Before going on to this new game from Digital Integration, we must first put something right from last month's review of their simulation, Fighter Pilot. One reviewer noted: 'Key control is a fraction slow, you have to keep a key pressed for results...'
Dave Marshall of Digital Integration demonstrated to us that this remark was a little unfair. The reason being that the control keys were designed to simulate an aircraft's performance. In fact the control in Fighter Pilot is proportional, i.e. the longer you keep a key pressed the more effect it has, moving, for instance, from a slow to a very fast bank or turn. So we were a little wrong to criticise this.
Night Gunner is a massive program, one which the inlay is at pains to point out is more of a game than a simulation, and which is based on a Second World War scenario. You are the gunner and bomb aimer whose aim is a good one - defend your plane against enemy attacks and destroy the ground targets in 30 different missions. Each mission comes in two parts, firstly the flight to the target, and then the actual bombing run. In the first part you get a cockpit view with your gun sights in front of you. Three types of target appear, barrage balloons, enemy fighter planes, and very large bombers which cross your flight path occasionally. Points are received for hitting any of these. The attacking fighter planes fly at you with their cannons blazing. Below the display area, the Captain reports time to target with a countdown figure. There is also a visual display of how many shells you have and a small aircraft shape for damage reports. A flashing indicator also tells you when you have been hit and the status symbol changes colour in areas accordingly.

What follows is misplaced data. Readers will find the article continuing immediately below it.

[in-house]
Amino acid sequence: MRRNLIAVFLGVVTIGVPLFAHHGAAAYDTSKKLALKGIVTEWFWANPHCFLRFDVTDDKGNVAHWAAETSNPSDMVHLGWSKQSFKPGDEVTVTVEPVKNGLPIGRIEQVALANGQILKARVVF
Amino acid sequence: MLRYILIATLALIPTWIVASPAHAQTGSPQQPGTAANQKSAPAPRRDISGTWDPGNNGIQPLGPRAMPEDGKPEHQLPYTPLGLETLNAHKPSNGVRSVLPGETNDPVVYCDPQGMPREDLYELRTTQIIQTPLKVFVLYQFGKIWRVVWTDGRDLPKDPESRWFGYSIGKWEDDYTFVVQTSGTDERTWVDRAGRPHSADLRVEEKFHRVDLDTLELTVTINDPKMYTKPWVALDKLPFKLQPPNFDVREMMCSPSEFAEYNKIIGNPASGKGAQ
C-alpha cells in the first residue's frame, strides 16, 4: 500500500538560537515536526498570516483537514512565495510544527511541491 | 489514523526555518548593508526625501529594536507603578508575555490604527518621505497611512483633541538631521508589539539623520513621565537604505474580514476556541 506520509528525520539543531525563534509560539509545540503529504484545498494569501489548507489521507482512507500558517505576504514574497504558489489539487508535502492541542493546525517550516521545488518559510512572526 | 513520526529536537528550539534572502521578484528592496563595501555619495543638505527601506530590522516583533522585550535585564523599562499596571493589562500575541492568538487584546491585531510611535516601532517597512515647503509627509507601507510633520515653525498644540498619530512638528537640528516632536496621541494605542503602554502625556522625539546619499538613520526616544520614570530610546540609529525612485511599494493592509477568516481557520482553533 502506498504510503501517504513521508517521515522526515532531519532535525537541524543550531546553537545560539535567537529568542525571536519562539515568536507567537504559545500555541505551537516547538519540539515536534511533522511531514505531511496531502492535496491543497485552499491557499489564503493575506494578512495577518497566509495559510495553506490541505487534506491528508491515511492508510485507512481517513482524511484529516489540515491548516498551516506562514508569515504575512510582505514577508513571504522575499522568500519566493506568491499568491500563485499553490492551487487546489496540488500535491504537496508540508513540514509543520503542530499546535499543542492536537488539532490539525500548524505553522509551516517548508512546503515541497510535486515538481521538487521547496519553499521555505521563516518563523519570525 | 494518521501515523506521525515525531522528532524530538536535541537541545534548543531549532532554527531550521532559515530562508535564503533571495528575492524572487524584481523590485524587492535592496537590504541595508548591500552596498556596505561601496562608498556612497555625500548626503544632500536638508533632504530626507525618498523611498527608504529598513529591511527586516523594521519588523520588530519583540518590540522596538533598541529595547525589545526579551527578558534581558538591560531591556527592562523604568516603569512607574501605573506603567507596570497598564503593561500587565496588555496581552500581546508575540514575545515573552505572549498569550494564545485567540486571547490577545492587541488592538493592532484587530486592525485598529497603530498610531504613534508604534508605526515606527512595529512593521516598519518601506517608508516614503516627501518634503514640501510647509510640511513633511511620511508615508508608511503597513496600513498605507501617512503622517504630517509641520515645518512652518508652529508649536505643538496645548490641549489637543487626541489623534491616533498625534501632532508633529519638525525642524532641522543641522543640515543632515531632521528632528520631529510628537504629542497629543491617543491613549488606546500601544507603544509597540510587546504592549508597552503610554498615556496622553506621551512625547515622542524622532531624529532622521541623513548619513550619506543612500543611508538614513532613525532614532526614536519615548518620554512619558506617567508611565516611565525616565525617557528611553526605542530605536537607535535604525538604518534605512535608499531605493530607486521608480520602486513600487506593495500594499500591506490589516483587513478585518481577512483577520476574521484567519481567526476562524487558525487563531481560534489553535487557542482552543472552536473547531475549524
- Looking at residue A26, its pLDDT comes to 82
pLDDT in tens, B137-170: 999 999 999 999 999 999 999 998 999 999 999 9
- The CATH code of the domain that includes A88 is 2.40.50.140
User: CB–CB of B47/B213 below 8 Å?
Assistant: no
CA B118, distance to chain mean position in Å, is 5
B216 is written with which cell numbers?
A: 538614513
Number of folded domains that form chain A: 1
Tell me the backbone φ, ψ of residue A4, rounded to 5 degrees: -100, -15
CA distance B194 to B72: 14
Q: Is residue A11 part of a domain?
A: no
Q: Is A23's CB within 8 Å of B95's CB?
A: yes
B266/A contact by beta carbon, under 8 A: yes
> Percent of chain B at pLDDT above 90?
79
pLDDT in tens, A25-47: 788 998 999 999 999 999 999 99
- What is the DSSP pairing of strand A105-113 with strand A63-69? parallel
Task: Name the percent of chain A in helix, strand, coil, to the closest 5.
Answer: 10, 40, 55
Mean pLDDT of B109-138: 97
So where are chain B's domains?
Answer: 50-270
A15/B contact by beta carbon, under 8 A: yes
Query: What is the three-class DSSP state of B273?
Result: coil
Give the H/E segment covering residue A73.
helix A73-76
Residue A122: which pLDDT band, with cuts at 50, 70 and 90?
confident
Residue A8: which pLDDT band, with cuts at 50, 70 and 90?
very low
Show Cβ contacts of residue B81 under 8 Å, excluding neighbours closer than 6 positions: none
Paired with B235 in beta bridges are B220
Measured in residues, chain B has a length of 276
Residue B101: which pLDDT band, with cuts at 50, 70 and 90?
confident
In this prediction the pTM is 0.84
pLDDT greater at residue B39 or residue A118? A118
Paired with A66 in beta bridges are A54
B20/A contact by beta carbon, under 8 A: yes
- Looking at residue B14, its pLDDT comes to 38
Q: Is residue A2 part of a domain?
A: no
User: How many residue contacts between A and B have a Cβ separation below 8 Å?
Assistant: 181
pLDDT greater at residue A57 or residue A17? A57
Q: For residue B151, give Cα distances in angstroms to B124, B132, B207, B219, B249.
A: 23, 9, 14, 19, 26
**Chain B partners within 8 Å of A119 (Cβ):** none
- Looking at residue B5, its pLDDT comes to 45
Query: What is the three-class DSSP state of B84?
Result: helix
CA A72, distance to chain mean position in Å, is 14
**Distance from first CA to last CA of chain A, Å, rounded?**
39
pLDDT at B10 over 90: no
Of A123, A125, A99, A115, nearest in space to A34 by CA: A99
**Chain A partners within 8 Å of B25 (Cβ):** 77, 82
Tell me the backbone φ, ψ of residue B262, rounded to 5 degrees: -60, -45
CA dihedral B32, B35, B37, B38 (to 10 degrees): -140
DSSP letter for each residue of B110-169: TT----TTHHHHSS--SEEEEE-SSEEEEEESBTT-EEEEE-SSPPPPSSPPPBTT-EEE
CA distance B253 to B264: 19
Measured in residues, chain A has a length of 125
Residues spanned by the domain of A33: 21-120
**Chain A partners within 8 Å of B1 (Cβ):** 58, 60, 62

Flight deck damage will result in random movement of the plane during ground attack missions - if it's destroyed you crash. If enough engines are destroyed before a bombing run, then the bombs will be automatically dropped, and if 3 or more engines go then you will crash (seems reasonable). Wings and tailplane may suffer damage without affecting performance, but if destroyed they will crash the plane. And if the gun turret is damaged it slows down your gun traverse, and if destroyed means that you can still fire but not aim.
The ground attack missions are all different and alternate between high level bombing and low level rocket attacks. You have a limited number of bombs and rockets and the mission is terminated when the ammo is all used up. High level runs start off with static planes on the ground and the direction control will move the plane and therefore the sight as you pass over them. Another variation is moving tanks where deflection bombing techniques must be used to take into account the movement of the target. Low level runs are even more fraught. You are given a maximum height of 400 feet and must then dive to fire the rockets without crashing into the ground. During these low level attacks flak is being fired at you, so you must weave the plane about to avoid it. Again, the 'HIT' indicator tells you when damage is occurring.
The producers say that Night Gunner's concept is based upon the Avro Lancaster four engined bomber although it is not intended as a simulation. Between missions there is a screen showing a very large graphic of the bomber crossing a city skyline and dropping bombs which turn into the letters, MISSION 1, or whatever mission you are about to play.